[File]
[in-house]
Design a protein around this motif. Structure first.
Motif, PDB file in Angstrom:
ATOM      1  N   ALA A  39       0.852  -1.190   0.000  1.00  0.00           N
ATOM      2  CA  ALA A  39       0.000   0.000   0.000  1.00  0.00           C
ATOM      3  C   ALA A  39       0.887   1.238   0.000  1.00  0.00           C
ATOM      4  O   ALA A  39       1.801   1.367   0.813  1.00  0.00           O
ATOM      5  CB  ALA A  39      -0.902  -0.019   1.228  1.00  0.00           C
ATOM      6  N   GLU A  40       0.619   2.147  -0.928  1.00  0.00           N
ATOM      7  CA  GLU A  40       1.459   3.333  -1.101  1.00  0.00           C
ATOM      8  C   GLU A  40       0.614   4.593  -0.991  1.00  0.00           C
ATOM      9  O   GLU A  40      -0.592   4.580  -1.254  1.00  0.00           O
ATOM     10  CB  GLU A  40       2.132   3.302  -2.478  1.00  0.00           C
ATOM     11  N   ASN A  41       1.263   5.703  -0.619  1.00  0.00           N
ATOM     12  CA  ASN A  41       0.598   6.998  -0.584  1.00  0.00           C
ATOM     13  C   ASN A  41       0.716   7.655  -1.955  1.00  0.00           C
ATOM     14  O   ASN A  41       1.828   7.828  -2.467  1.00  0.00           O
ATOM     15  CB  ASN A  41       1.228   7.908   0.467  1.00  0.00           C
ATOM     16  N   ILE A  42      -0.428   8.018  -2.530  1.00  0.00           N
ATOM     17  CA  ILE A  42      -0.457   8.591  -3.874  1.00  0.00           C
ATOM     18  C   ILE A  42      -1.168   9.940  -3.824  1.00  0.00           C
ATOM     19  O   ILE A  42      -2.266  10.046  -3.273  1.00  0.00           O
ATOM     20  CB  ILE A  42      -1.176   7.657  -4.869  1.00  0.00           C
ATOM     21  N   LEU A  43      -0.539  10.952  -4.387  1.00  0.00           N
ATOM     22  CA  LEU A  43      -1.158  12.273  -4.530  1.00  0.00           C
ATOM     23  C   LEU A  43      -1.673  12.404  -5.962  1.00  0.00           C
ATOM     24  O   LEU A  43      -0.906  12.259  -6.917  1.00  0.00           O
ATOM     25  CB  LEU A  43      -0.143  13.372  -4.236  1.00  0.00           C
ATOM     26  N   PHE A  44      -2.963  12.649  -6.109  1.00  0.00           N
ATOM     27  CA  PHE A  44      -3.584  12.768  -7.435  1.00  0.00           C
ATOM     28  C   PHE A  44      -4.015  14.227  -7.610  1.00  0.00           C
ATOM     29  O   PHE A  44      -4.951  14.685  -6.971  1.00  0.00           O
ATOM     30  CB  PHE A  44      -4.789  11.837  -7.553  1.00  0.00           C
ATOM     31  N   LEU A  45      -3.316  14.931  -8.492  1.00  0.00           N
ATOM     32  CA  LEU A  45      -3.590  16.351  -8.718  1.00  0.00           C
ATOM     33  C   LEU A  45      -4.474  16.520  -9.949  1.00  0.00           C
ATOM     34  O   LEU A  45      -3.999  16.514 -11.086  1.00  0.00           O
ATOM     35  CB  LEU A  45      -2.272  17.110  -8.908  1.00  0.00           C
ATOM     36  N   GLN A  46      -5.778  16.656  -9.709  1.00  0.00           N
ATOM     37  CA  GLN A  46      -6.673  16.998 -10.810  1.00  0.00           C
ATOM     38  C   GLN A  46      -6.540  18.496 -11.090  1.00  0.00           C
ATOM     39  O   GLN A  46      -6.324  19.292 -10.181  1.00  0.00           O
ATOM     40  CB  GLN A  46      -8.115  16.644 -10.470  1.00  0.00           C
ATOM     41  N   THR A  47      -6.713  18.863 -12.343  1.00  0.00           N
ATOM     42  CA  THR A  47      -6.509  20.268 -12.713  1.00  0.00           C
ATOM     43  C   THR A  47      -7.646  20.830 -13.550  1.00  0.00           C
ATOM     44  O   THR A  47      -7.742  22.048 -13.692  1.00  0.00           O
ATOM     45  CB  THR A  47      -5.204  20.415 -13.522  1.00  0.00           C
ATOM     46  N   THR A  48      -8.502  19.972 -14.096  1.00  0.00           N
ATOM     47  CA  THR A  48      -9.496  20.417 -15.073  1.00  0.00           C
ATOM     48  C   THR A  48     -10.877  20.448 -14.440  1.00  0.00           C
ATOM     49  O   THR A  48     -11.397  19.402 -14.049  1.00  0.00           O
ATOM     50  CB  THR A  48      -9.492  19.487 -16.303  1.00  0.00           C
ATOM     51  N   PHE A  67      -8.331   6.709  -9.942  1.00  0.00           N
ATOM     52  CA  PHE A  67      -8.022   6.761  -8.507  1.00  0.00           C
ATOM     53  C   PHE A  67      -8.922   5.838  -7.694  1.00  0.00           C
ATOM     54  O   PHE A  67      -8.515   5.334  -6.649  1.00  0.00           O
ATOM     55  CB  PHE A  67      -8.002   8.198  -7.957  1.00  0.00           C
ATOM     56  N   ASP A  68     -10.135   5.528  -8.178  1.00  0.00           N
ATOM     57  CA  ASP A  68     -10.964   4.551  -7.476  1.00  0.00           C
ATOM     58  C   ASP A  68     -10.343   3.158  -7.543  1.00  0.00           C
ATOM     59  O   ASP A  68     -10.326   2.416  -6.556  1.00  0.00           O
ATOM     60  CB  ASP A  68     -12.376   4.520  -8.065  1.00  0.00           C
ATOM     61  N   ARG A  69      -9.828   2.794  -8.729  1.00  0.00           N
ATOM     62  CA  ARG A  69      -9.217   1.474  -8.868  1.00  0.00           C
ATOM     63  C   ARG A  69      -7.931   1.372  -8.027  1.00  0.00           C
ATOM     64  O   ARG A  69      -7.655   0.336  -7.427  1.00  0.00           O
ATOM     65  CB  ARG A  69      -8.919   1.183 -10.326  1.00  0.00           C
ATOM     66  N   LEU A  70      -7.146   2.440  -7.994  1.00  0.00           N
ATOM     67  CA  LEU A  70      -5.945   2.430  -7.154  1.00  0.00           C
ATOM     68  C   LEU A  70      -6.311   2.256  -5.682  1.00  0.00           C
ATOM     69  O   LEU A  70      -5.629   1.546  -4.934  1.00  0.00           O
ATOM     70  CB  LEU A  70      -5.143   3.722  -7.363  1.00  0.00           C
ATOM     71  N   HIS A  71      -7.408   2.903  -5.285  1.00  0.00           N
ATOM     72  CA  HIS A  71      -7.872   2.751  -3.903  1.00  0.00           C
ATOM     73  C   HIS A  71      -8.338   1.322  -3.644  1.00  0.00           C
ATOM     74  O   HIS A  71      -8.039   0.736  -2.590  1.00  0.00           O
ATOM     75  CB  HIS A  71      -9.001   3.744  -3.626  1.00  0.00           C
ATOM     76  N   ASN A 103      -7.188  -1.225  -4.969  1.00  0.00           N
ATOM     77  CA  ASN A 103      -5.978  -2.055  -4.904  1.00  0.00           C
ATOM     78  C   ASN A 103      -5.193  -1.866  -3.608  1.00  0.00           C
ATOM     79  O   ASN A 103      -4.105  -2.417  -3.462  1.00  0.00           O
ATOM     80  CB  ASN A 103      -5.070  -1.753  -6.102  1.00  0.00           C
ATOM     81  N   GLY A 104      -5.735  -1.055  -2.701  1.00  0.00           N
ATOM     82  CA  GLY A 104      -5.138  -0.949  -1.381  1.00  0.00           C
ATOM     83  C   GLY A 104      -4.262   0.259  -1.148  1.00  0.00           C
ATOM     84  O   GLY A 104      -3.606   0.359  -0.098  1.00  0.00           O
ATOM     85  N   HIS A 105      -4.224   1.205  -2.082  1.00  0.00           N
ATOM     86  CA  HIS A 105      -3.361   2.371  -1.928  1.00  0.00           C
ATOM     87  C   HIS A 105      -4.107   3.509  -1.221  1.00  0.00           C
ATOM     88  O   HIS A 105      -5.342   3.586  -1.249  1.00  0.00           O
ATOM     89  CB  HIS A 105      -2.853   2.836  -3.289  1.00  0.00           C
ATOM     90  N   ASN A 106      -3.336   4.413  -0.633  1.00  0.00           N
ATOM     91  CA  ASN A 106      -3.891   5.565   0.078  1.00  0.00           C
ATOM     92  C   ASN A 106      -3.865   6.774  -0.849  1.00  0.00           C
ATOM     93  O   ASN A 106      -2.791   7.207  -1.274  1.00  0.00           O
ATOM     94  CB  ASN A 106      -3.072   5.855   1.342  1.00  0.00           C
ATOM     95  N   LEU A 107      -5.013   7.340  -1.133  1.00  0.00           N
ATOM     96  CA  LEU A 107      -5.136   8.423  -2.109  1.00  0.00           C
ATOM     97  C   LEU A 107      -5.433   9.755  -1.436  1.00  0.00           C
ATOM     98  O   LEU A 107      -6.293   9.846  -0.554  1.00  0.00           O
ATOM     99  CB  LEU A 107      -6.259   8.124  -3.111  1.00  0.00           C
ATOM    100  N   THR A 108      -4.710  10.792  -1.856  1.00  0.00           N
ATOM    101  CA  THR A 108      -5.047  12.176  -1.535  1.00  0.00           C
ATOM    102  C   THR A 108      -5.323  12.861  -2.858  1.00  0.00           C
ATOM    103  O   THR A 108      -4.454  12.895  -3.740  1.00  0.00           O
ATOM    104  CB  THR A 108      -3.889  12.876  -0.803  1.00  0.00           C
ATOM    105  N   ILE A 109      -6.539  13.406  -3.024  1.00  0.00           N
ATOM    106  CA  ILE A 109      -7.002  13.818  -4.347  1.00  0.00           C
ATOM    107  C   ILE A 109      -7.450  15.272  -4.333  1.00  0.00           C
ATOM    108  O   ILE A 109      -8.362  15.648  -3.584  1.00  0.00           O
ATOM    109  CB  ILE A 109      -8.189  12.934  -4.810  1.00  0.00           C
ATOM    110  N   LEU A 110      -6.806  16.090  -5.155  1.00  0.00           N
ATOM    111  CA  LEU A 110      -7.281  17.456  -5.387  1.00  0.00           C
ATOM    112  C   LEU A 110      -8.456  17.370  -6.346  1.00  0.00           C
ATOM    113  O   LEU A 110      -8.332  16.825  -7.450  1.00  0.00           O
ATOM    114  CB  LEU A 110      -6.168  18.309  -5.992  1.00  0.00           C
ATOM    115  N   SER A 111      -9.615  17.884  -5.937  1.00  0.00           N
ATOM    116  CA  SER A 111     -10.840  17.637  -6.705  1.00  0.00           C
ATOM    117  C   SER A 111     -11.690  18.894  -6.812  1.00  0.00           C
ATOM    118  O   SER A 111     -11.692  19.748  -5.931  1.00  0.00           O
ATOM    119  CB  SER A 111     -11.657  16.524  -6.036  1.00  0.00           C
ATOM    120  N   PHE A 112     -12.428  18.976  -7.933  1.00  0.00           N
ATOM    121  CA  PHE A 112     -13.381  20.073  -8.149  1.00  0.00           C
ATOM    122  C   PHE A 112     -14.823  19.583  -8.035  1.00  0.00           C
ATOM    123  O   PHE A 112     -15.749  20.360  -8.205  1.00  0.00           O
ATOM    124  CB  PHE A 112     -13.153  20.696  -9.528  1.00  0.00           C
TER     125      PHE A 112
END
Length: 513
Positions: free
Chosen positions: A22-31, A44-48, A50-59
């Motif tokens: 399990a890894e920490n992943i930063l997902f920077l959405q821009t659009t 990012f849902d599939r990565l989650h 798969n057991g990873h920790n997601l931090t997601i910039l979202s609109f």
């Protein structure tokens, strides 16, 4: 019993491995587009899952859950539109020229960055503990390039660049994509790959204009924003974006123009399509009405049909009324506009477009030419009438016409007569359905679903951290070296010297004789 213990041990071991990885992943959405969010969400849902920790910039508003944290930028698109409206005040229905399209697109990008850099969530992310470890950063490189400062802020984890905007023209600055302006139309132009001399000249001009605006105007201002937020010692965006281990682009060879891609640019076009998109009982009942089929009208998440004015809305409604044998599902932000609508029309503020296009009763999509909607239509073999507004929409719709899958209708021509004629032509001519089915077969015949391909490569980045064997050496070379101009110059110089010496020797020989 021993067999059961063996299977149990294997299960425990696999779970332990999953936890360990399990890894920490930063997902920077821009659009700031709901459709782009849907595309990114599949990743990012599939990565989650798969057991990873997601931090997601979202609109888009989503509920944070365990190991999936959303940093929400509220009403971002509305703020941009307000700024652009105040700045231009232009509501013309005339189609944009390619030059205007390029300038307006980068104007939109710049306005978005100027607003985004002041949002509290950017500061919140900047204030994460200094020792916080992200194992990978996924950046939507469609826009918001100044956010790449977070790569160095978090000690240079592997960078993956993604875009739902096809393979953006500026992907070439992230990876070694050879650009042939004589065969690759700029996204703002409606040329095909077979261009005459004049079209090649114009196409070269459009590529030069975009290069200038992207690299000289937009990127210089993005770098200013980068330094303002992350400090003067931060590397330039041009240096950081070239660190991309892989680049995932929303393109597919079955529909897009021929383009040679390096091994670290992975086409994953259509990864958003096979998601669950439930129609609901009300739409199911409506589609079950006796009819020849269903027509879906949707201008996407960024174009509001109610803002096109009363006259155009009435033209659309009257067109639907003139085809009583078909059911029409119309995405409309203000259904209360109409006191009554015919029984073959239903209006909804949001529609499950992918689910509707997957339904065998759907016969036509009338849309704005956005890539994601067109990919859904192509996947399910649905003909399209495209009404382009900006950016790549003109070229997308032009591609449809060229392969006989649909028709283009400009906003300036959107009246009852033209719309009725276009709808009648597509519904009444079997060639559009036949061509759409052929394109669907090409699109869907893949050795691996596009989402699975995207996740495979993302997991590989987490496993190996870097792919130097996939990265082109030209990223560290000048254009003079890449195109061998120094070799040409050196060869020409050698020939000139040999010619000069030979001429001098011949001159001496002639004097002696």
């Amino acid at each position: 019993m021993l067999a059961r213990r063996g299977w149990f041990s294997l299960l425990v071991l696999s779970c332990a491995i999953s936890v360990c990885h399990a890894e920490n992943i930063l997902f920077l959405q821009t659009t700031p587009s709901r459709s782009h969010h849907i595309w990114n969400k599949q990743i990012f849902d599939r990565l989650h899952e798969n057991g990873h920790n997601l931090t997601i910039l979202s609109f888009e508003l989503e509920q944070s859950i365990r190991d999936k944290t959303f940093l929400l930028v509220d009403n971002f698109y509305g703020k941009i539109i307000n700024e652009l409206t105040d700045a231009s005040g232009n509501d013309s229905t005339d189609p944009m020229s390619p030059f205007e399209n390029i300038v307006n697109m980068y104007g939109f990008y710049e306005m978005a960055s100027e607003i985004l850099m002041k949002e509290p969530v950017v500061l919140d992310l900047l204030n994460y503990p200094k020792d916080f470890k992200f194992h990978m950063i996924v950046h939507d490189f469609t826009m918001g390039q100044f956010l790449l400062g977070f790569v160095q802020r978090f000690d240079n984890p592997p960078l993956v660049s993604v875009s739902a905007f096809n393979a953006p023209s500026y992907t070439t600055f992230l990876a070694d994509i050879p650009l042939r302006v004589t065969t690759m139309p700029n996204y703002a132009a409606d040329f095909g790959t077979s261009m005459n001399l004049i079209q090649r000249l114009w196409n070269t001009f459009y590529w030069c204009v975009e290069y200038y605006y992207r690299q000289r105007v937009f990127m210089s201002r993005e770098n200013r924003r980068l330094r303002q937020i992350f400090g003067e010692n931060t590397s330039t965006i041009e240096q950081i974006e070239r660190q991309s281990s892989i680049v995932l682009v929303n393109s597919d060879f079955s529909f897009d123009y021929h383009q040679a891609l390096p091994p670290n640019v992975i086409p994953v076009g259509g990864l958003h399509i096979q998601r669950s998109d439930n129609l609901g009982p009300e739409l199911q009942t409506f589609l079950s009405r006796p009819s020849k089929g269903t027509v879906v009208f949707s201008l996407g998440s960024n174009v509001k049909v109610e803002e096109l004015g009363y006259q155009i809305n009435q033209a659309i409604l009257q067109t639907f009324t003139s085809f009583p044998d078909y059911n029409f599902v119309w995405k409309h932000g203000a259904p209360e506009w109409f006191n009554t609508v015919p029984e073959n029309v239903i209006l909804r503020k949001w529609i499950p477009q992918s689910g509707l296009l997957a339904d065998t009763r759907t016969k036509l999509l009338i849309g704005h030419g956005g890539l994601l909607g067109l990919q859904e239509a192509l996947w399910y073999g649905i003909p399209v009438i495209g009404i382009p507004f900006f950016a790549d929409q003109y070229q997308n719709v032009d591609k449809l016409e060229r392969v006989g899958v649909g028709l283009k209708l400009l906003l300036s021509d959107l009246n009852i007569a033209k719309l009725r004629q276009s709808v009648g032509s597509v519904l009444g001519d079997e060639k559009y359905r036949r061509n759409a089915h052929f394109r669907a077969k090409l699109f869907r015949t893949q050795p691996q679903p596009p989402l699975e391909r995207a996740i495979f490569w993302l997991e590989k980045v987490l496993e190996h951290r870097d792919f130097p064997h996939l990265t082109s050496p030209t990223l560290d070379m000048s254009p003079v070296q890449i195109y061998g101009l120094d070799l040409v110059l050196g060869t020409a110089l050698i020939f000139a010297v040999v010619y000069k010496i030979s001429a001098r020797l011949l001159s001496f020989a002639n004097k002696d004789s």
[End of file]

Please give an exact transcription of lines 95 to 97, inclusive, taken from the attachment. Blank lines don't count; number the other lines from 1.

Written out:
ATOM     92  C   ASN A 106      -3.865   6.774  -0.849  1.00  0.00           C
ATOM     93  O   ASN A 106      -2.791   7.207  -1.274  1.00  0.00           O
ATOM     94  CB  ASN A 106      -3.072   5.855   1.342  1.00  0.00           C